Re: Mountains

From: Joel Moore <>
Date: Tue Apr 12 2005 - 10:24:17 EDT

Hi Bill,

The point is that mountains form not only into one set of peaks. That
is, the energy of India crashing into Asia does not just push up one
slice of the earth's crust. It is more like a rug crumpling and as
India continues to move north, the crumpled (and uplifted zone)
widens. The rate of uplift is most likely different in the southern
part of the Himalayas than on the northern edge of the Tibetan
plateau. The rates of erosion and uplift have not been at equilibrium
during the entire history of the uplift and are probably not at
equilibrium in some points of the Himalayas and/or Tibetan plateau. So
my point was that your assumptions about uplift and erosion appear to
be overly simplistic.

I guess in looking back at the original email, I'm not sure what you
were saying with respect to uplift and the Himalayas. And I just fired
off my email with a mention of the Tibetan plateau since it's pretty
important to understanding the uplift and convergence happening in the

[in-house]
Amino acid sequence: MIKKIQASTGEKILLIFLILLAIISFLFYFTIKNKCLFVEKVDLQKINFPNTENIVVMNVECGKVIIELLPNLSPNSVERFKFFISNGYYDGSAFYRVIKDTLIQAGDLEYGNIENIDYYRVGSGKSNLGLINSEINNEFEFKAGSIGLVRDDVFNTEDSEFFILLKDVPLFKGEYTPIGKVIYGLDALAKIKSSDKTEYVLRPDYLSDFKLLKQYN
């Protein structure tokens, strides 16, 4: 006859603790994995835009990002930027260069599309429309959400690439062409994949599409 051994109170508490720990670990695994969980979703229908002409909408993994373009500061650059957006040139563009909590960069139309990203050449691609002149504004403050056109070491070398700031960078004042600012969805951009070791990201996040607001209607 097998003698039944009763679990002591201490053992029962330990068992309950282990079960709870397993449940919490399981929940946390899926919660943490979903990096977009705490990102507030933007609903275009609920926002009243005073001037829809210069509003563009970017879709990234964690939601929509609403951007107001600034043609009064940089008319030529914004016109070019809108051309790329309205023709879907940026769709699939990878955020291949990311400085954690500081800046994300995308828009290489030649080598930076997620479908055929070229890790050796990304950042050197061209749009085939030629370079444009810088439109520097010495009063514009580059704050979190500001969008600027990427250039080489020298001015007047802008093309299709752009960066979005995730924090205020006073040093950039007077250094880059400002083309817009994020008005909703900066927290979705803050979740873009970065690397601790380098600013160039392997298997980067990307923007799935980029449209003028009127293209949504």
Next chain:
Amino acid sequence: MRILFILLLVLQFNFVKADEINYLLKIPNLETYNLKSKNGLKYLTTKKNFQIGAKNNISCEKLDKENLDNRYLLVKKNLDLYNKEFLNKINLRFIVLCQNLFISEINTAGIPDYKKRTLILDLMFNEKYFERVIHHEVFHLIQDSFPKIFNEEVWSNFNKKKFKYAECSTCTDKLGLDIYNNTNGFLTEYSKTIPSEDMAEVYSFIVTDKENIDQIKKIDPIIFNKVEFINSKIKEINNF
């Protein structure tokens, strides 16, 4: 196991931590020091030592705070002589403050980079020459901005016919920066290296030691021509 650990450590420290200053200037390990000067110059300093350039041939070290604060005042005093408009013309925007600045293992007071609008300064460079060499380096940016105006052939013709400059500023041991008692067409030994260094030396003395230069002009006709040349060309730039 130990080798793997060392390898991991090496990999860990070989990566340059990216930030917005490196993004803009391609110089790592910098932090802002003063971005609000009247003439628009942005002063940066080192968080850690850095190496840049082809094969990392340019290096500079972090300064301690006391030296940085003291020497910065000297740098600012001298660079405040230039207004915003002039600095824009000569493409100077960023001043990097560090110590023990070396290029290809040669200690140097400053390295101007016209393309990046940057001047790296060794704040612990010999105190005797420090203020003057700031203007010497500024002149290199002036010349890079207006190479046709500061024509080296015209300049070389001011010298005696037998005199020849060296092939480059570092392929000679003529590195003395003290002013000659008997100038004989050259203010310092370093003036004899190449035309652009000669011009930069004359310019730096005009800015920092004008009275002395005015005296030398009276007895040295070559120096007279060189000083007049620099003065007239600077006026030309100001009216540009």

On Apr 12, 2005 12:33 AM, <> wrote:
> Yeah, I learned about the Tibetan Plateau also while digging into a response for Michael. The Plateau is in a rain shadow from the Himalayas, and therefore gets little erosion. The Plateau is also higher than the highest point in the continental US - Mt. McKinley (I believe).
> I'm not sure I follow your statement that mountains build outwards out. As I understand it, the Tibetan Plateau was lifted vertically into its present position.
> Bill
> -- Joel Moore <> wrote:
> Bill, quick note about your assumptions on the Himalayas and mountain
> bulding. Mountains don't just go straight up, they also build outwards
> out. So the convergence of India and Asia has not only produced the
> Himalayan mountains, it has also produced the Tibetan Plateau, which
> is an area almost big as Europe with an average elevation of 4000 m
> (13100 ft).
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Received on Tue Apr 12 10:26:42 2005

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